There are times when things happen for a reason. And for Dusty Baker and Al Campanis, this moment was one of those times.
You might say that for Campanis, the worst of times turned into the best of times for Baker.
No one could have predicted the cascade of events. A few days after I invited Campanis on Nightline to reflect on the 40th anniversary of Jackie Robinson breaking baseball’s color barrier, the 70-year-old vice president and general manager of the Los Angeles Dodgers sent seismic shocks through the baseball world.
On April 6, 1987, when anchor Ted Koppel asked him why, four decades after Robinson’s historic integration of baseball, there were no Black managers or general managers at the time, he told Koppel and a national television audience, “I don’t believe it’s prejudice. I truly believe that they may not have some of the necessities to be, let’s say, a field manager, or perhaps a general manager.”
Koppel pressed Campanis: “Do you really believe that?”
Campanis then dug himself a deeper hole: “Well, I don’t say all of them, but they certainly are short. How many quarterbacks do you have? How many pitchers do you have that are Black? … Why are Black men, Black people not good swimmers? Because they don’t have the buoyancy.”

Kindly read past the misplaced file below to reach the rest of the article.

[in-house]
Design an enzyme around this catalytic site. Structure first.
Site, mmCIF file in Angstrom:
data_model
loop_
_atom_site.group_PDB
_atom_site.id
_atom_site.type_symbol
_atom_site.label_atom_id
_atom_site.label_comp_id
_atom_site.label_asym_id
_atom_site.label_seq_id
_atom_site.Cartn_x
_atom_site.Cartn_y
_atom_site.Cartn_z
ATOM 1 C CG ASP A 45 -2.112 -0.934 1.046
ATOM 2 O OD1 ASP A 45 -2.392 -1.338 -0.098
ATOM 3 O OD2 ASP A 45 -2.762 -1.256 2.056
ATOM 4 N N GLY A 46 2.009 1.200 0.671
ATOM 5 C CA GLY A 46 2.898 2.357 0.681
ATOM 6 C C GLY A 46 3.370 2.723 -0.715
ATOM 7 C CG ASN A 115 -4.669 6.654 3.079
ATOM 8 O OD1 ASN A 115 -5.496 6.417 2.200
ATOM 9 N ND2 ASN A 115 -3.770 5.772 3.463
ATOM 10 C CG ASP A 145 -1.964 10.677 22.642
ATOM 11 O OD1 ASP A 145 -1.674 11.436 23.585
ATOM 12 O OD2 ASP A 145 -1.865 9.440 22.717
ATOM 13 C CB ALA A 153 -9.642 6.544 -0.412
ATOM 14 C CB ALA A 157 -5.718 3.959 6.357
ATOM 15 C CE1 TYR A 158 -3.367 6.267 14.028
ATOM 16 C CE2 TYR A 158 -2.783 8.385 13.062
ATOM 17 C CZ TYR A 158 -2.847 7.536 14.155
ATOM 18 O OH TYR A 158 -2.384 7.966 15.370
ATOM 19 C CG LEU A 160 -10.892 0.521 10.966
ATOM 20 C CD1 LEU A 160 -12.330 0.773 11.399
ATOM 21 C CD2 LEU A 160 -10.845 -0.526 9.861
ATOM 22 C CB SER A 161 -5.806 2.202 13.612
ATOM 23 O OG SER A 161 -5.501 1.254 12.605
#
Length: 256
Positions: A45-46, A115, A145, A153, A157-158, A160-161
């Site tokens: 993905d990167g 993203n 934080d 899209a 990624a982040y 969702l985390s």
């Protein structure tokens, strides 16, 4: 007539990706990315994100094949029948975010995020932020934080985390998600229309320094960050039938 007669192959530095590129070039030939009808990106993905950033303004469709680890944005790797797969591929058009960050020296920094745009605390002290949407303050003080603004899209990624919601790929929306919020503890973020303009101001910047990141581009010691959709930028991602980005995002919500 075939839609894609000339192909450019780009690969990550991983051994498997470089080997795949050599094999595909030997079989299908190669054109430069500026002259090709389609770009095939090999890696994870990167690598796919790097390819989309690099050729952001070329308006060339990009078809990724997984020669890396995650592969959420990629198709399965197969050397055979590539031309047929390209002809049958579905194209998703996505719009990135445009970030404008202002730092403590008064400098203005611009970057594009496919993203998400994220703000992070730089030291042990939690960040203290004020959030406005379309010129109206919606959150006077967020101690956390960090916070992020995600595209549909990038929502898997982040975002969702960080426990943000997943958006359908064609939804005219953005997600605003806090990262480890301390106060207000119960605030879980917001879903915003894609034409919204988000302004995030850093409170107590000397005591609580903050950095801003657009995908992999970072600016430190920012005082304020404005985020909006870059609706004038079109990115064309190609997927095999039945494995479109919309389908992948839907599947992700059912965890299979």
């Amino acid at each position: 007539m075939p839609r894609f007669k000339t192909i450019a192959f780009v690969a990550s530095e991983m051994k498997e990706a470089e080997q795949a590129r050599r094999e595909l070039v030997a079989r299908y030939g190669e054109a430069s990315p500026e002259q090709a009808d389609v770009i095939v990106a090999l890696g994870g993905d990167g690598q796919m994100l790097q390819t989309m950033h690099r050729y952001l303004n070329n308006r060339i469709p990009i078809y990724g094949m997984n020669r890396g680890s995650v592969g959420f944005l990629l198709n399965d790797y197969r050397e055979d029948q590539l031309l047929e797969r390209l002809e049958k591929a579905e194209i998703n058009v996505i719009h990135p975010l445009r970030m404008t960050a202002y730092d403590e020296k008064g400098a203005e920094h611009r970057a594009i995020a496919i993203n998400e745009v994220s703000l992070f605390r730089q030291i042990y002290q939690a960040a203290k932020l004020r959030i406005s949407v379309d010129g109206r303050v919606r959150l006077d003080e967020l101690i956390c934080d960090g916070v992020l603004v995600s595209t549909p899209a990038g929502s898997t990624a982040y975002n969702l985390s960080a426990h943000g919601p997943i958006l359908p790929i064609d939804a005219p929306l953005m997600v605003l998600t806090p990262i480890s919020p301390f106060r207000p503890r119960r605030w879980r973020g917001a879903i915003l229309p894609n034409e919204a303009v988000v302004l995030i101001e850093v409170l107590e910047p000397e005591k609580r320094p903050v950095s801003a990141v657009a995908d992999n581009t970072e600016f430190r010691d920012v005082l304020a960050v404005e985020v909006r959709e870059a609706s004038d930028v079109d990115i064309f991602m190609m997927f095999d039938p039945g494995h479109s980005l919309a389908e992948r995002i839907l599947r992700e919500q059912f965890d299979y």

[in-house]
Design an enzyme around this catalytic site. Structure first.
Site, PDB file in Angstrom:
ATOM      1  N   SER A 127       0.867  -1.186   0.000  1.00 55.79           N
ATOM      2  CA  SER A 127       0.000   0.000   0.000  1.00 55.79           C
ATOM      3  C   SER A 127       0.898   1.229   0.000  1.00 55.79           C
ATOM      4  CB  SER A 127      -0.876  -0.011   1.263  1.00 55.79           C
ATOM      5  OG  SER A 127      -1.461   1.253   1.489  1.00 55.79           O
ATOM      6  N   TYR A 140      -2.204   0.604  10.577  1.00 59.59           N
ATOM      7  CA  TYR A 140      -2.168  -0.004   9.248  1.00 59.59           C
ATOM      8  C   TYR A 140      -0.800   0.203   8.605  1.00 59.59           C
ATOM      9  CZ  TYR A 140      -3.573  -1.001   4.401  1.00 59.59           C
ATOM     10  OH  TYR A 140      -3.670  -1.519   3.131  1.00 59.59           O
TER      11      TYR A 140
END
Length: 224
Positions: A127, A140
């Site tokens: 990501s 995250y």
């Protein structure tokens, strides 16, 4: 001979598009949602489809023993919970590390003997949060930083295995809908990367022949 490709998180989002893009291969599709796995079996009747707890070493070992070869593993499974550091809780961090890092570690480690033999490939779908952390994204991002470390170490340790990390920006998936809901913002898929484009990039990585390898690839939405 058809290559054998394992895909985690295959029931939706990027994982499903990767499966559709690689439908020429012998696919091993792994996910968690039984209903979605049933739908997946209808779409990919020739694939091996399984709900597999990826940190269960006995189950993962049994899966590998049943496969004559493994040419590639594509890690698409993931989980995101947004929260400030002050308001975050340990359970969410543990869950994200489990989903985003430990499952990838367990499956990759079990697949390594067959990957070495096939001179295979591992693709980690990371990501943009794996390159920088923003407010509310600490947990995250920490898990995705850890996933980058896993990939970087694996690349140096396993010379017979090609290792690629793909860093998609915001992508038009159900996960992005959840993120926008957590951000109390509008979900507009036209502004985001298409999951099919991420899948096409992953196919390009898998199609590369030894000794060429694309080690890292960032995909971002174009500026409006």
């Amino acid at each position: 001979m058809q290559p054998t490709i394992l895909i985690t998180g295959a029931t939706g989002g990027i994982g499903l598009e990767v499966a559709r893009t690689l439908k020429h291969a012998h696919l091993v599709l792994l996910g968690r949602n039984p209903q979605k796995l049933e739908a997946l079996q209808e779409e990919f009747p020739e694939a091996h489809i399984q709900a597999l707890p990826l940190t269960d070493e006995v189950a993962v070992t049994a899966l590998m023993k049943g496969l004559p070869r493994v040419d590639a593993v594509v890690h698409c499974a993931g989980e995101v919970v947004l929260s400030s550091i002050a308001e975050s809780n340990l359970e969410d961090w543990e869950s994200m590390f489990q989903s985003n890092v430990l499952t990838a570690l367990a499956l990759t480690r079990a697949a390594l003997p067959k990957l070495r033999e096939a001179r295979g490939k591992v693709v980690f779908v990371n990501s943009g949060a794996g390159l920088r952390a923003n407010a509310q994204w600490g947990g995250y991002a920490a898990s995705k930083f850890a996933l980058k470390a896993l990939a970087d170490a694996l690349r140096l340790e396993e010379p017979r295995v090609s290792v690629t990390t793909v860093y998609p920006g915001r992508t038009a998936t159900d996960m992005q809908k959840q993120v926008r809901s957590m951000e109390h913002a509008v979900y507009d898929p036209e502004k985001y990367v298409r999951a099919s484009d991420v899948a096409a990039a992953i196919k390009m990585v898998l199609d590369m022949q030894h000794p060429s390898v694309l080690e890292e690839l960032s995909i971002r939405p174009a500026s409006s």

An immediate furor ensued. Civil rights groups protested. And just two days later, Campanis’ 40-year career with the Dodgers went up in smoke. And the MLB, facing a public relations crisis, set out to make things right.
Commissioner Peter Ueberroth hired the sociologist and civil rights activist Harry Edwards as a special assistant to head up an effort to recruit African Americans to enter the pipeline for those managerial jobs that had, except for a tiny fraction of qualified Black men, eluded them.
Edwards then made the unorthodox move of hiring Campanis, his fall from grace still fresh in people’s minds, to help him recruit candidates for that pipeline. And for that decision, he took fire from then-executive director of the NAACP Benjamin Hooks, Jesse Jackson, who was head of Operation PUSH, and others in the civil rights community. But Edwards stuck by his guns.